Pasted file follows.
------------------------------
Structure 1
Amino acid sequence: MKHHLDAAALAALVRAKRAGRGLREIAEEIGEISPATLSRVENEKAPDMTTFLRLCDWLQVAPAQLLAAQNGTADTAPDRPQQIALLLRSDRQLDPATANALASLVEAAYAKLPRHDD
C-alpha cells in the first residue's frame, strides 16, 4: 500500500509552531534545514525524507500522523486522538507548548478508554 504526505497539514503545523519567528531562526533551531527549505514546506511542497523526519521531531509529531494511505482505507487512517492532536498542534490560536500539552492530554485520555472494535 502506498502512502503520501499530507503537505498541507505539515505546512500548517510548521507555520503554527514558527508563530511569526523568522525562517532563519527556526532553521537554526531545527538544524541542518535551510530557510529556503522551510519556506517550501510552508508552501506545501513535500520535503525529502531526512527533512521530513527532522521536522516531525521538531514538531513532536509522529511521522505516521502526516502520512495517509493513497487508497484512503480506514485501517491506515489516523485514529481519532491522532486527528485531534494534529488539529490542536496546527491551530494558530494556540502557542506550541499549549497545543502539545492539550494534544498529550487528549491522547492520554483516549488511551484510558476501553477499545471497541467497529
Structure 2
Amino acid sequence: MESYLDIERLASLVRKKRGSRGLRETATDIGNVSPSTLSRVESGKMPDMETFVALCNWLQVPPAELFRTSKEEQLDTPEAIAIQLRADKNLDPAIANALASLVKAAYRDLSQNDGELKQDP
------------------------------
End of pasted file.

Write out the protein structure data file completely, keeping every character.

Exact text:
Structure 1
Amino acid sequence: MKHHLDAAALAALVRAKRAGRGLREIAEEIGEISPATLSRVENEKAPDMTTFLRLCDWLQVAPAQLLAAQNGTADTAPDRPQQIALLLRSDRQLDPATANALASLVEAAYAKLPRHDD
C-alpha cells in the first residue's frame, strides 16, 4: 500500500509552531534545514525524507500522523486522538507548548478508554 504526505497539514503545523519567528531562526533551531527549505514546506511542497523526519521531531509529531494511505482505507487512517492532536498542534490560536500539552492530554485520555472494535 502506498502512502503520501499530507503537505498541507505539515505546512500548517510548521507555520503554527514558527508563530511569526523568522525562517532563519527556526532553521537554526531545527538544524541542518535551510530557510529556503522551510519556506517550501510552508508552501506545501513535500520535503525529502531526512527533512521530513527532522521536522516531525521538531514538531513532536509522529511521522505516521502526516502520512495517509493513497487508497484512503480506514485501517491506515489516523485514529481519532491522532486527528485531534494534529488539529490542536496546527491551530494558530494556540502557542506550541499549549497545543502539545492539550494534544498529550487528549491522547492520554483516549488511551484510558476501553477499545471497541467497529
Structure 2
Amino acid sequence: MESYLDIERLASLVRKKRGSRGLRETATDIGNVSPSTLSRVESGKMPDMETFVALCNWLQVPPAELFRTSKEEQLDTPEAIAIQLRADKNLDPAIANALASLVKAAYRDLSQNDGELKQDP